A new clinical trial is being developed to support a globally unique Australian-led research study examining the use of artificial intelligence in breast cancer screening to improve the accuracy, efficiency and overall patient experience.
The BRAIx Project prospective clinical trial will investigate how an artificial intelligence (AI) reader can be used to read mammograms in conjunction with radiologists.
The trial is planned to start in early 2024, pending full ethics review and approval. The trial will run for 18 months to two years. It is anticipated that approximately 350,000 Australian women will take part.
“During the trial we will be gathering real-world evidence to assess the effectiveness of using an AI reader in the breast screening program,” said Associate Professor Helen Frazer, the Project Lead and Clinical Director of St Vincent’s BreastScreen.
“Each woman who chooses to participate in the trial will continue to receive the current high standard of care offered by the breast screening program. But, with the algorithm model running in the background, we will also be able to see how the AI reader performs in screening and assess the potential value it could add to support our human readers and improve the program.”
Project Lead – Associate Professor Helen Frazer.
The current breast screening service is a highly effective public health program reducing deaths from breast cancer. However, some women still experience interval cancers that were not able to be detected at the time of screening. Also, many women are recalled for assessment and subsequently determined to not have cancer.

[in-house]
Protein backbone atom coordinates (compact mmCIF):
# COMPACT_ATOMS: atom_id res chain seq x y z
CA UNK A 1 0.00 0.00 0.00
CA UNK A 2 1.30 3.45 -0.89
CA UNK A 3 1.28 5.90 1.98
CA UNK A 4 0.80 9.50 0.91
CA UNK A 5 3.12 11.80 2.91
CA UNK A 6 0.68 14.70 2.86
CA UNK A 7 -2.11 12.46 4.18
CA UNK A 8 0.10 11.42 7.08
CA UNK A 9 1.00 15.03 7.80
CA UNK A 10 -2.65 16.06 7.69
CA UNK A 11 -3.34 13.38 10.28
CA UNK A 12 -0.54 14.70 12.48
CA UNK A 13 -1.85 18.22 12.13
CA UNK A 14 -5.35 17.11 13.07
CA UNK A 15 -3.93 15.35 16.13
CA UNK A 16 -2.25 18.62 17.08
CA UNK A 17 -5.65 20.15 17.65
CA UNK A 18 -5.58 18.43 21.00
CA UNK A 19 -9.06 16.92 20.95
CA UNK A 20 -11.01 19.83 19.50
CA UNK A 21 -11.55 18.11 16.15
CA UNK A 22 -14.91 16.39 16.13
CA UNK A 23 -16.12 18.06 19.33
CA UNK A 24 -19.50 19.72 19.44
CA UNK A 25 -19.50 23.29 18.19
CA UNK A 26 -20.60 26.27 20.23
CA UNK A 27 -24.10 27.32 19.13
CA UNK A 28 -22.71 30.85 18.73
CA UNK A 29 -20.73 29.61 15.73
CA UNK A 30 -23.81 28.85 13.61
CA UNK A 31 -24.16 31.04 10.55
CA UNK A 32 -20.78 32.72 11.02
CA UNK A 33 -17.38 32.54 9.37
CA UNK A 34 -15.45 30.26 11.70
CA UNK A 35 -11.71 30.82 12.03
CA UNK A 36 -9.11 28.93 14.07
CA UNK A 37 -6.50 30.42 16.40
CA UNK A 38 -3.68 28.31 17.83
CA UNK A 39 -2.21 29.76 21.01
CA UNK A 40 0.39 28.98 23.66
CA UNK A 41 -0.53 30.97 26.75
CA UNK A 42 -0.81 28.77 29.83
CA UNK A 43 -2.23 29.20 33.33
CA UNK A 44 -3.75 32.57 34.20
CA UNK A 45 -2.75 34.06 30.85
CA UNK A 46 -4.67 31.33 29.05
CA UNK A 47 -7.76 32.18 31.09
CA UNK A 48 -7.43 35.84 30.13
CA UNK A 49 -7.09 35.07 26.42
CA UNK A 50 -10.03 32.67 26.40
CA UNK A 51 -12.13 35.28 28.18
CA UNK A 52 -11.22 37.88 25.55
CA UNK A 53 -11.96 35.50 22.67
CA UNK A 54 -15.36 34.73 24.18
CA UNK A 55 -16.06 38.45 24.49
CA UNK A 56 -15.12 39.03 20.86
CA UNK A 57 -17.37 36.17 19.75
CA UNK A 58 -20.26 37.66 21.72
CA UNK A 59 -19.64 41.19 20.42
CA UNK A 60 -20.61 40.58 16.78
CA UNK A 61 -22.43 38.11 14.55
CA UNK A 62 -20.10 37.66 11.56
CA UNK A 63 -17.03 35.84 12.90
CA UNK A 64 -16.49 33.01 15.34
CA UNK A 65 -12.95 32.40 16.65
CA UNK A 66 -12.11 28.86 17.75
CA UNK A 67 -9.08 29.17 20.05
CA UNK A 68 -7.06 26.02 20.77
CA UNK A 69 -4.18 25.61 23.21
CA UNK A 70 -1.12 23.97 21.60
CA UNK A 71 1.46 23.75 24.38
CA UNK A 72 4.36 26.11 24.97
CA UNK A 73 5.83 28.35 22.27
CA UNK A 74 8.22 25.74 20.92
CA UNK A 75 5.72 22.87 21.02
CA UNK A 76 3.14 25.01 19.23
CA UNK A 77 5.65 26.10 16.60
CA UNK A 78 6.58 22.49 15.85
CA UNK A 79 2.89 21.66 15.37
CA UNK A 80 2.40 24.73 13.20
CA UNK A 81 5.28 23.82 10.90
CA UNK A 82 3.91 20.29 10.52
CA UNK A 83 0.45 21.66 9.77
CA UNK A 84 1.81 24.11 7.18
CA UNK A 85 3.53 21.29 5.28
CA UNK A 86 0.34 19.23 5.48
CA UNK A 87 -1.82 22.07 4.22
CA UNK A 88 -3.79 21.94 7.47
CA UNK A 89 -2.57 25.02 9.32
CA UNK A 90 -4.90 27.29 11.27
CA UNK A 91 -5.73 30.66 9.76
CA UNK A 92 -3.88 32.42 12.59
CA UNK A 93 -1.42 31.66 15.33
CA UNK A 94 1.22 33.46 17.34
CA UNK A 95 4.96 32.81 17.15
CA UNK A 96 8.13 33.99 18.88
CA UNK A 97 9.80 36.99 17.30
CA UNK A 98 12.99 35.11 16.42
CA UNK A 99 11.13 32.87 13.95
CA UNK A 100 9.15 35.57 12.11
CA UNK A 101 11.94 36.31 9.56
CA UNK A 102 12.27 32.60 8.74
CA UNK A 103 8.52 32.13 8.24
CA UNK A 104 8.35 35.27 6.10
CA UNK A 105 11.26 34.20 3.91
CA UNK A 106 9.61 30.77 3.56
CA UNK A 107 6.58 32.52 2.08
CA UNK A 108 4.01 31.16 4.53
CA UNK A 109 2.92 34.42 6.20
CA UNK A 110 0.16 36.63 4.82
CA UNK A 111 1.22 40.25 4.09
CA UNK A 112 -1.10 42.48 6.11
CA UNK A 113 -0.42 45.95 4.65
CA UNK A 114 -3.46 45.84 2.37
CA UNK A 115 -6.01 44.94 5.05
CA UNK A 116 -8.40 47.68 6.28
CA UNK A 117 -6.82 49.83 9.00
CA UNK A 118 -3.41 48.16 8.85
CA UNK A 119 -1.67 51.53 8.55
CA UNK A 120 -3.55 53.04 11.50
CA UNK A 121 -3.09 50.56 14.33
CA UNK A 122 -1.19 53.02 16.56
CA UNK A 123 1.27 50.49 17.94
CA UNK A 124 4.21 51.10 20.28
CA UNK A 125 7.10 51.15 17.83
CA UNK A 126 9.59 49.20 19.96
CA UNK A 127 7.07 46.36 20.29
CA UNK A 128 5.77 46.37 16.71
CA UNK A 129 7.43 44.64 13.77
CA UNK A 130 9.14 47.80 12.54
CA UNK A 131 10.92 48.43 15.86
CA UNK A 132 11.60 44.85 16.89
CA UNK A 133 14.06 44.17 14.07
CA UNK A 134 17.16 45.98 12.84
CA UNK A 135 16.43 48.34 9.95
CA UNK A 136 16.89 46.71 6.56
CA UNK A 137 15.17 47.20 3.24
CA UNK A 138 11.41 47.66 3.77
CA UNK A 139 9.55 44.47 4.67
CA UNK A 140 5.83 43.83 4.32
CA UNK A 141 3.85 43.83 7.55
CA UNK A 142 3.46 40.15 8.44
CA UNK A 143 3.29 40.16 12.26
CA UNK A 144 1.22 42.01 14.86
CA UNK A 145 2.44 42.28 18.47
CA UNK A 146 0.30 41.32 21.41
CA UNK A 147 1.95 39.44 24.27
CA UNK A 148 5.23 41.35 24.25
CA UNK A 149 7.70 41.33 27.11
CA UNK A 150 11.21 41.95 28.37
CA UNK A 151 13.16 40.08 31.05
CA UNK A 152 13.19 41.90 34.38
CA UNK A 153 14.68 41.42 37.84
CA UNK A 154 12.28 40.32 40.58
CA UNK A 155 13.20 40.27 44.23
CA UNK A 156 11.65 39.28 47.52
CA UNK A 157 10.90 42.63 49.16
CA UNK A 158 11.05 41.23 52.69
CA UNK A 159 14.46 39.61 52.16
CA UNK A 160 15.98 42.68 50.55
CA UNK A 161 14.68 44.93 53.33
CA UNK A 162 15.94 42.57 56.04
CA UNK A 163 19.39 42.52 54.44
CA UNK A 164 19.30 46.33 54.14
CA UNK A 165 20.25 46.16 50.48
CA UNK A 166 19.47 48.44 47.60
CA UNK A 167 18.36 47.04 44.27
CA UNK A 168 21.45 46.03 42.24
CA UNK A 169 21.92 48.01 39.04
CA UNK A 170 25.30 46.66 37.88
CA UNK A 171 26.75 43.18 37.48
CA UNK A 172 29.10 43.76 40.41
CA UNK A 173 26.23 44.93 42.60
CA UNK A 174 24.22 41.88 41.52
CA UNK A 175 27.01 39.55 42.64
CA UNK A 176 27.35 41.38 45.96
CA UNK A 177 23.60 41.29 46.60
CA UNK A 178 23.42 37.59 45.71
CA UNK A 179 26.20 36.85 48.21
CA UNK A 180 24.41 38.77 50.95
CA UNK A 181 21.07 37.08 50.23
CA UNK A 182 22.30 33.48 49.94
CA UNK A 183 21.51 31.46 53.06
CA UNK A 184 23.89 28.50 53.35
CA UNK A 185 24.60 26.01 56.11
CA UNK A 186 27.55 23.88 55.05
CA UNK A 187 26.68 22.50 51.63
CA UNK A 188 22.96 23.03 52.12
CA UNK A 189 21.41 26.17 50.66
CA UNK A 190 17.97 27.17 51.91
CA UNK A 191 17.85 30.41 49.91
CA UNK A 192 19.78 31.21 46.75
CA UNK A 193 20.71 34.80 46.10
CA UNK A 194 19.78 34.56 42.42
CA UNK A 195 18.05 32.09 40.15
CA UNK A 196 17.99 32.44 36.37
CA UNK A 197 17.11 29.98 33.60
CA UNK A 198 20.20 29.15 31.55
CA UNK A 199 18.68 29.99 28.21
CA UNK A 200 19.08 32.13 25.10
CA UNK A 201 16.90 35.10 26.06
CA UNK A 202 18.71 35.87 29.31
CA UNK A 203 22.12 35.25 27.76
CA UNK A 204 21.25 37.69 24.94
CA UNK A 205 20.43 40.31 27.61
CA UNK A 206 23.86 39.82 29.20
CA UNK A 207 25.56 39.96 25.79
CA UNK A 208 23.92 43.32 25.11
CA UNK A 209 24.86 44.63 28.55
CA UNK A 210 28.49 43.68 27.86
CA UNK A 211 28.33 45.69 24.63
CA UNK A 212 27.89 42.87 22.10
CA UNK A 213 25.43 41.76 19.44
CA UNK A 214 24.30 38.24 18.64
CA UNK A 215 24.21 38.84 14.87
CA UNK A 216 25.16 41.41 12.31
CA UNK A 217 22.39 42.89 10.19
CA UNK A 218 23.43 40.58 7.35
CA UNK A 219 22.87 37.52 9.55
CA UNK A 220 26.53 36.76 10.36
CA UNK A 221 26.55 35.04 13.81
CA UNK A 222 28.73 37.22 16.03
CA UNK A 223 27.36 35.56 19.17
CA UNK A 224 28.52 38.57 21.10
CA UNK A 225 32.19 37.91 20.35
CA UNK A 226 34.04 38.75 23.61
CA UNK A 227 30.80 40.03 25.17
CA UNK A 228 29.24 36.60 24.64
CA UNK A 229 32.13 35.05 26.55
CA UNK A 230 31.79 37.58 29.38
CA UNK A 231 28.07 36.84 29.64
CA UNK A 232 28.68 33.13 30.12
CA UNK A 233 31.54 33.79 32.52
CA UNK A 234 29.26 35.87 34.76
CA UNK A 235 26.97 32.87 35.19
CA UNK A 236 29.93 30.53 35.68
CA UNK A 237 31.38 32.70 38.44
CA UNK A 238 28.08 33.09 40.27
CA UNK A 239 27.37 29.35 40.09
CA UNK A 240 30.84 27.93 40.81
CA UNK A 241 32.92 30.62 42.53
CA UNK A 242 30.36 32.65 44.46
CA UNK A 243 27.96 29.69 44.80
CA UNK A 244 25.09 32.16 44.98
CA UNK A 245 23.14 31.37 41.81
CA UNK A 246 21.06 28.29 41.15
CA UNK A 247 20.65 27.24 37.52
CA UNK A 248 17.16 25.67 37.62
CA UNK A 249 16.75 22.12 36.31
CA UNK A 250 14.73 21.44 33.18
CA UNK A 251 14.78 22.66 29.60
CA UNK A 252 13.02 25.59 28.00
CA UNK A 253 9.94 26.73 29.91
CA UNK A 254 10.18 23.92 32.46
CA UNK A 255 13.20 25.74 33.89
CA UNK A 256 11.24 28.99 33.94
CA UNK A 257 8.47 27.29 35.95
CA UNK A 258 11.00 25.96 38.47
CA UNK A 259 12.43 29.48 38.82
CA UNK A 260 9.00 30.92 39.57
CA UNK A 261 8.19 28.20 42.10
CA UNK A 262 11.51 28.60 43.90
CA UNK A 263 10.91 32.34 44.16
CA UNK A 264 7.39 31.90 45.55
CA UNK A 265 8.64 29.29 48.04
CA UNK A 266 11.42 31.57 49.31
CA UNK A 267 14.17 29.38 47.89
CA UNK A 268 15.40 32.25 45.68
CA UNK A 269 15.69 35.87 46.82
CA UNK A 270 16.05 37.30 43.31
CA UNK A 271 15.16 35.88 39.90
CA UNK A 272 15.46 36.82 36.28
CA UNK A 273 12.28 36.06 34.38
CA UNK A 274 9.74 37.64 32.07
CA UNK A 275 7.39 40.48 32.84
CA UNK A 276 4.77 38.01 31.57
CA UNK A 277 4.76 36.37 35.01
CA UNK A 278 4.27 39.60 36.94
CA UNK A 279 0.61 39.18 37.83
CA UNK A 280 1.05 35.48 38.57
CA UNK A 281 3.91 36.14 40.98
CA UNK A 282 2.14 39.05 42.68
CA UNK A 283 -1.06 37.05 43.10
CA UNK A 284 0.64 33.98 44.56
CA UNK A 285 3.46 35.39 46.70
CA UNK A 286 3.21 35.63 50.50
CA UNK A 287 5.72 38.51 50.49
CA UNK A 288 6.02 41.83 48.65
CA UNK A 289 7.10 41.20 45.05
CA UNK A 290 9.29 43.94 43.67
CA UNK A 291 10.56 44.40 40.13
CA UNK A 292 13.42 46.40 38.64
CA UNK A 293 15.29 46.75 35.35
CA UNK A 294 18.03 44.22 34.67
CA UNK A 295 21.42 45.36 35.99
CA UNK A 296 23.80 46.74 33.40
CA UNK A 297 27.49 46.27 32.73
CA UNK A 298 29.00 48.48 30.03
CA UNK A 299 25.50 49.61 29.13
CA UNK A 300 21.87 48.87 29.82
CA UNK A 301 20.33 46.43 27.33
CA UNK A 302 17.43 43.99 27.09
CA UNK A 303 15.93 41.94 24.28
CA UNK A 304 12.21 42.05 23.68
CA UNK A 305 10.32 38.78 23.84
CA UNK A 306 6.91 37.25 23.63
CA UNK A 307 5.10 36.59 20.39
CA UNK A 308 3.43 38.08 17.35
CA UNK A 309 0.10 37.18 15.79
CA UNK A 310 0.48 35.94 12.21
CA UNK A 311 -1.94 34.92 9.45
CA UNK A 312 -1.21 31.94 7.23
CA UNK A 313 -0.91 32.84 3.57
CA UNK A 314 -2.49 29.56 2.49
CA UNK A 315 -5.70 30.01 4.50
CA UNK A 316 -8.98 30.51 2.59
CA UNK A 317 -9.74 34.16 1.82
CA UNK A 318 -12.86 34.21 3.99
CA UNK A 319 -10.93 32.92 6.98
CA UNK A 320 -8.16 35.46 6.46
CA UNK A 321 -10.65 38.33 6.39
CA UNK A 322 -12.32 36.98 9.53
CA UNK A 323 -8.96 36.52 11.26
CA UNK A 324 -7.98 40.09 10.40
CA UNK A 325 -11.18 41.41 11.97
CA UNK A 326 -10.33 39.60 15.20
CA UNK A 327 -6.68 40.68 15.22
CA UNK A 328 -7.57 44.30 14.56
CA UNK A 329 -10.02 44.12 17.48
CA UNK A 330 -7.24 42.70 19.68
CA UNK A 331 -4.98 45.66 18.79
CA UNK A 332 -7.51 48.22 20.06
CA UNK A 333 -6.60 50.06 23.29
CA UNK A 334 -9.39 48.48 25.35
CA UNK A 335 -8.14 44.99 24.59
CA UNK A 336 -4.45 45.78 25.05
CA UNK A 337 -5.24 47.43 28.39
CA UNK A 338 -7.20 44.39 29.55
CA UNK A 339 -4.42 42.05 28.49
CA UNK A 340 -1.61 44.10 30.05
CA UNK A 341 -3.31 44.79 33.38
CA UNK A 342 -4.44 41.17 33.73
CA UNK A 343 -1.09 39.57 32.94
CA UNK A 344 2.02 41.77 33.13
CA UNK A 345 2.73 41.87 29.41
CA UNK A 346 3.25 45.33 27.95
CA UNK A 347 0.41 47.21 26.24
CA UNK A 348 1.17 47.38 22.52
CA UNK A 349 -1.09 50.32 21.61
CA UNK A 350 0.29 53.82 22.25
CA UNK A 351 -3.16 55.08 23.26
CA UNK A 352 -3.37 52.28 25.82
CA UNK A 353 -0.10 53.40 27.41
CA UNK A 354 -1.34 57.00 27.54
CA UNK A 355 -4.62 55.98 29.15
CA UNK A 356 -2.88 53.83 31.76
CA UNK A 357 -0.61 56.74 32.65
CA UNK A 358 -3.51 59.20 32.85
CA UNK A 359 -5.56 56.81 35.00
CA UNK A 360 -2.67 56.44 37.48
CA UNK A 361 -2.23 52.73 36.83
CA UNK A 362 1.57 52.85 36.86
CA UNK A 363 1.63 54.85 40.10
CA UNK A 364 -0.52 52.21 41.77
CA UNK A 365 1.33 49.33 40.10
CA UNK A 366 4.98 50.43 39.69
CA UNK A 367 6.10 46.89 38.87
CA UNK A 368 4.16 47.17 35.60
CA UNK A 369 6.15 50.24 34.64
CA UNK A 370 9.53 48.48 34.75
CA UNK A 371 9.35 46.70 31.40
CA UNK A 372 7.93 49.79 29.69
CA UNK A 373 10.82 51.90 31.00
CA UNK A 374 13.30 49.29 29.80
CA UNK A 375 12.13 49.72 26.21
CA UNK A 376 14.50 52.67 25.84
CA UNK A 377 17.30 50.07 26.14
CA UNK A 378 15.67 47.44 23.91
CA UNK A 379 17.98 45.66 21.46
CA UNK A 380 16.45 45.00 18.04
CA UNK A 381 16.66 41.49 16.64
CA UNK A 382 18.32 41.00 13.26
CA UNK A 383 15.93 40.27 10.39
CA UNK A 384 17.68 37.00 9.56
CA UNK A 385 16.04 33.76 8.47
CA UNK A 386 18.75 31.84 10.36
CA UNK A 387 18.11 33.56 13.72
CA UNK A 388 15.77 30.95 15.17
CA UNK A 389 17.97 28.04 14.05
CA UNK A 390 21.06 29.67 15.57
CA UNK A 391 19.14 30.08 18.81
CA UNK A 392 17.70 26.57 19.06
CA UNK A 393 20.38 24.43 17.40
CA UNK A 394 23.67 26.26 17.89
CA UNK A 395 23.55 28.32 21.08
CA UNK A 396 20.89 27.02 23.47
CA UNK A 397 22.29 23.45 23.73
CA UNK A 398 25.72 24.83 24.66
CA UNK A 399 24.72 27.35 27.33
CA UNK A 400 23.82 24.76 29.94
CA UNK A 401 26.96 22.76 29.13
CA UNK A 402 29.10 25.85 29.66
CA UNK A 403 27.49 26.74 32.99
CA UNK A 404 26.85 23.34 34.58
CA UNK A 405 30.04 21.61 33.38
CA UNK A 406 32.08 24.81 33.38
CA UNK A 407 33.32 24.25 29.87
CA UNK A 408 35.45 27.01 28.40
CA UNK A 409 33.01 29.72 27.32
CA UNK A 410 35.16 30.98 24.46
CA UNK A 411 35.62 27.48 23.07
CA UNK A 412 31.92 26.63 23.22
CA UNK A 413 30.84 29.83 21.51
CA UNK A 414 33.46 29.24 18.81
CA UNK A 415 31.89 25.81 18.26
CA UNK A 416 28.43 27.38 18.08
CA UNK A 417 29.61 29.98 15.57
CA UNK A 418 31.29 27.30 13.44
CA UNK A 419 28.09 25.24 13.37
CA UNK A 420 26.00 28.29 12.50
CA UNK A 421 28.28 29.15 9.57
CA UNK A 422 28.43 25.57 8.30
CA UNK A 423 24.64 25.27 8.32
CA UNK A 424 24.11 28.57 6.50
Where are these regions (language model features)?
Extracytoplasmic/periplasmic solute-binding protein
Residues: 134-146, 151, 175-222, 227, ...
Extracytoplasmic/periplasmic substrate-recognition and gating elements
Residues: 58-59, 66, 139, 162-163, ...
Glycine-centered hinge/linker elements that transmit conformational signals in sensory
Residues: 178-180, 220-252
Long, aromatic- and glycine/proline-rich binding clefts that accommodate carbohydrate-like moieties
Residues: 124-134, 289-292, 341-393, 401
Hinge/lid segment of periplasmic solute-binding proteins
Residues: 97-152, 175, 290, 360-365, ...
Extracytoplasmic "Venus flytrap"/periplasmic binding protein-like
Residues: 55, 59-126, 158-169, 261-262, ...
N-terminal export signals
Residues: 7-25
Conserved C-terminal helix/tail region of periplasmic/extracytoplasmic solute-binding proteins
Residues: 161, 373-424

In the current program every mammogram is read independently by two radiologists, and a third radiologist if views differ. This study proposes using an AI reader as one of two readers conducting the initial mammogram reading.
It is hoped the new AI-based models may help better detect cancer, lower unnecessary recalls to assessment, and improve timeliness, efficiency and participation in Australia’s population breast screening program.
“Using the AI reader could enable us to predict the risk of a woman developing breast cancer. We also see the potential for the AI reading model to support a risk-based personalised screening pathway in the future. Currently it’s predominantly a one-size-fits-all program,” said A/Prof Frazer.
In addition, service delivery may also be improved through the introduction of AI.“We will evaluate whether using AI has the potential to speed up the process and in doing so, reduce the two-week period women currently have to wait for a screening result,” said A/Prof Frazer.
The BRAIx Project was awarded close to $3 million by the Federal Government’s Medical Research Future Fund earlier this year to conduct the clinical trial.
The trial will be conducted across BreastScreen services in Victoria, including St Vincent’s BreastScreen and South Australia.
The BRAIx clinical trial is being developed in partnership with St Vincent’s Hospital Melbourne, St Vincent’s Institute of Medical Research, the University of Melbourne, the University of Adelaide, Monash University, BreastScreen Victoria and BreastScreen SA.
St Vincent’s Hospital Melbourne, St Vincent’s Institute of Medical Research and the University of Melbourne are all founding partners of the ACMD.